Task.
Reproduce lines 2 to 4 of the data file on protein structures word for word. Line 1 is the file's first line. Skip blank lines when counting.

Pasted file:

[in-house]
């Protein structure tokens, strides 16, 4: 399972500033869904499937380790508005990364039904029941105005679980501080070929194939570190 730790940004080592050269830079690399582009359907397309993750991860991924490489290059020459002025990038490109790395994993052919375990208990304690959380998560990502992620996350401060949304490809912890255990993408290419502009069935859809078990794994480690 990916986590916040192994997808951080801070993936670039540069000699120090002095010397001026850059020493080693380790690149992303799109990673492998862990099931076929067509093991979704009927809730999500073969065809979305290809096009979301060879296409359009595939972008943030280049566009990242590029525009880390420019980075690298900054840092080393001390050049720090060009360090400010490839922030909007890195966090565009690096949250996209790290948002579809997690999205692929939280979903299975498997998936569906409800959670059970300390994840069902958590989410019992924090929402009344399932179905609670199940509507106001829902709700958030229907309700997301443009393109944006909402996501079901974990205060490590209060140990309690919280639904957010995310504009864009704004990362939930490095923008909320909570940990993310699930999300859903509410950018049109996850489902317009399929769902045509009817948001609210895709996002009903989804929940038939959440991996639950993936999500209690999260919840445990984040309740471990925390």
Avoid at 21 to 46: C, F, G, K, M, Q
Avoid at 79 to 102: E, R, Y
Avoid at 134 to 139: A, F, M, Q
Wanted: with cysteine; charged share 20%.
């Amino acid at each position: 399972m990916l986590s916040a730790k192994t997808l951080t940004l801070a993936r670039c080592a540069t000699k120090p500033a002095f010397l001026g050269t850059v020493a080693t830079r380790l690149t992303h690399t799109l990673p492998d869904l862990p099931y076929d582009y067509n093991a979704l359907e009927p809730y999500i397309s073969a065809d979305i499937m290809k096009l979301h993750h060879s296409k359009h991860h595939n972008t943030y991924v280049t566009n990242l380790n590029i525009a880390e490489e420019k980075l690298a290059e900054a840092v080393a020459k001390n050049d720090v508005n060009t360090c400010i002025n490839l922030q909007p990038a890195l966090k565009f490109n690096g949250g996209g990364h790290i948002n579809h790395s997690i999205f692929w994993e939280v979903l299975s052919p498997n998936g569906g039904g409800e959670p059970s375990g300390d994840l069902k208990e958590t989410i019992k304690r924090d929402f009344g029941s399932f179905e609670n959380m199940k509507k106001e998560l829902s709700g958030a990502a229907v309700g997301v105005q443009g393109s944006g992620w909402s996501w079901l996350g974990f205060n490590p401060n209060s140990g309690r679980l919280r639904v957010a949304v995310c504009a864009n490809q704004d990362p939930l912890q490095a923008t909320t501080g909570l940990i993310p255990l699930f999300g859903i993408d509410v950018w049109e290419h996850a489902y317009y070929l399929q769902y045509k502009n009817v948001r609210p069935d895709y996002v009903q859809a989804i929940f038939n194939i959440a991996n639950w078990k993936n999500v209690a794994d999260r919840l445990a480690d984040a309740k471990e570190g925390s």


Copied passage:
């Protein structure tokens, strides 16, 4: 399972500033869904499937380790508005990364039904029941105005679980501080070929194939570190 730790940004080592050269830079690399582009359907397309993750991860991924490489290059020459002025990038490109790395994993052919375990208990304690959380998560990502992620996350401060949304490809912890255990993408290419502009069935859809078990794994480690 990916986590916040192994997808951080801070993936670039540069000699120090002095010397001026850059020493080693380790690149992303799109990673492998862990099931076929067509093991979704009927809730999500073969065809979305290809096009979301060879296409359009595939972008943030280049566009990242590029525009880390420019980075690298900054840092080393001390050049720090060009360090400010490839922030909007890195966090565009690096949250996209790290948002579809997690999205692929939280979903299975498997998936569906409800959670059970300390994840069902958590989410019992924090929402009344399932179905609670199940509507106001829902709700958030229907309700997301443009393109944006909402996501079901974990205060490590209060140990309690919280639904957010995310504009864009704004990362939930490095923008909320909570940990993310699930999300859903509410950018049109996850489902317009399929769902045509009817948001609210895709996002009903989804929940038939959440991996639950993936999500209690999260919840445990984040309740471990925390």
Avoid at 21 to 46: C, F, G, K, M, Q
Avoid at 79 to 102: E, R, Y